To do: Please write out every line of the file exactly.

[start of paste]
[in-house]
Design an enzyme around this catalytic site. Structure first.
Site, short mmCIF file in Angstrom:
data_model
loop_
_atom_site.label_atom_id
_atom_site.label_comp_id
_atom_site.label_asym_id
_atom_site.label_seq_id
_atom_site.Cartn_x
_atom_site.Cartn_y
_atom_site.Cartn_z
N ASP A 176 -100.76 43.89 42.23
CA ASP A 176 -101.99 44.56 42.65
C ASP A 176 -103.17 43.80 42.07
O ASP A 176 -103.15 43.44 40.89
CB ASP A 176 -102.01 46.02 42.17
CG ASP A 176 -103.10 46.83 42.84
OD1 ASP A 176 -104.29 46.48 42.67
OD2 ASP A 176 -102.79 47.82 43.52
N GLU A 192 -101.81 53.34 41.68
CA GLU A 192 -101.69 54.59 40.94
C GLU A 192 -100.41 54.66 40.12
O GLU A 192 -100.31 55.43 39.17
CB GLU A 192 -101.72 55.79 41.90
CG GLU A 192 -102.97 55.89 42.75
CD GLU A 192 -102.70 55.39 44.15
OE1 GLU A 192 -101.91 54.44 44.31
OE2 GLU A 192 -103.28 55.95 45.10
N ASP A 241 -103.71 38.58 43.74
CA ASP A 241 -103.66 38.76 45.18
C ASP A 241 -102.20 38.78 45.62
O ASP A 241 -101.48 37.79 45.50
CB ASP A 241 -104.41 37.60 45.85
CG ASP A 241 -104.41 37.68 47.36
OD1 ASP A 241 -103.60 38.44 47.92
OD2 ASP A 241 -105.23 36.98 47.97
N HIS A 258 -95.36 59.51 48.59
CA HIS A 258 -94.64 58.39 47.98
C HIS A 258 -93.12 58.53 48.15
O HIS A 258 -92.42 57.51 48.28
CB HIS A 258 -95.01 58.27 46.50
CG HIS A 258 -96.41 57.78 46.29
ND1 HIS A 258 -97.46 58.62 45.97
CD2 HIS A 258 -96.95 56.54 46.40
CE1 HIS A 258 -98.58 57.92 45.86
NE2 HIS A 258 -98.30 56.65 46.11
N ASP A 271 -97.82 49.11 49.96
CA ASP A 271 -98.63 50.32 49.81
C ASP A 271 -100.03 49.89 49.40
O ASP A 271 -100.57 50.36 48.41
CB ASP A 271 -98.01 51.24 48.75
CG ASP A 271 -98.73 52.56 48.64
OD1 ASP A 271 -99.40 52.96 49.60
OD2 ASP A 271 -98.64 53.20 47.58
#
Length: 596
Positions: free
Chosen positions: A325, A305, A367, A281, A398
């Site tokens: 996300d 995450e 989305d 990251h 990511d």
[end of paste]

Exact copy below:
[in-house]
Design an enzyme around this catalytic site. Structure first.
Site, short mmCIF file in Angstrom:
data_model
loop_
_atom_site.label_atom_id
_atom_site.label_comp_id
_atom_site.label_asym_id
_atom_site.label_seq_id
_atom_site.Cartn_x
_atom_site.Cartn_y
_atom_site.Cartn_z
N ASP A 176 -100.76 43.89 42.23
CA ASP A 176 -101.99 44.56 42.65
C ASP A 176 -103.17 43.80 42.07
O ASP A 176 -103.15 43.44 40.89
CB ASP A 176 -102.01 46.02 42.17
CG ASP A 176 -103.10 46.83 42.84
OD1 ASP A 176 -104.29 46.48 42.67
OD2 ASP A 176 -102.79 47.82 43.52
N GLU A 192 -101.81 53.34 41.68
CA GLU A 192 -101.69 54.59 40.94
C GLU A 192 -100.41 54.66 40.12
O GLU A 192 -100.31 55.43 39.17
CB GLU A 192 -101.72 55.79 41.90
CG GLU A 192 -102.97 55.89 42.75
CD GLU A 192 -102.70 55.39 44.15
OE1 GLU A 192 -101.91 54.44 44.31
OE2 GLU A 192 -103.28 55.95 45.10
N ASP A 241 -103.71 38.58 43.74
CA ASP A 241 -103.66 38.76 45.18
C ASP A 241 -102.20 38.78 45.62
O ASP A 241 -101.48 37.79 45.50
CB ASP A 241 -104.41 37.60 45.85
CG ASP A 241 -104.41 37.68 47.36
OD1 ASP A 241 -103.60 38.44 47.92
OD2 ASP A 241 -105.23 36.98 47.97
N HIS A 258 -95.36 59.51 48.59
CA HIS A 258 -94.64 58.39 47.98
C HIS A 258 -93.12 58.53 48.15
O HIS A 258 -92.42 57.51 48.28
CB HIS A 258 -95.01 58.27 46.50
CG HIS A 258 -96.41 57.78 46.29
ND1 HIS A 258 -97.46 58.62 45.97
CD2 HIS A 258 -96.95 56.54 46.40
CE1 HIS A 258 -98.58 57.92 45.86
NE2 HIS A 258 -98.30 56.65 46.11
N ASP A 271 -97.82 49.11 49.96
CA ASP A 271 -98.63 50.32 49.81
C ASP A 271 -100.03 49.89 49.40
O ASP A 271 -100.57 50.36 48.41
CB ASP A 271 -98.01 51.24 48.75
CG ASP A 271 -98.73 52.56 48.64
OD1 ASP A 271 -99.40 52.96 49.60
OD2 ASP A 271 -98.64 53.20 47.58
#
Length: 596
Positions: free
Chosen positions: A325, A305, A367, A281, A398
């Site tokens: 996300d 995450e 989305d 990251h 990511d």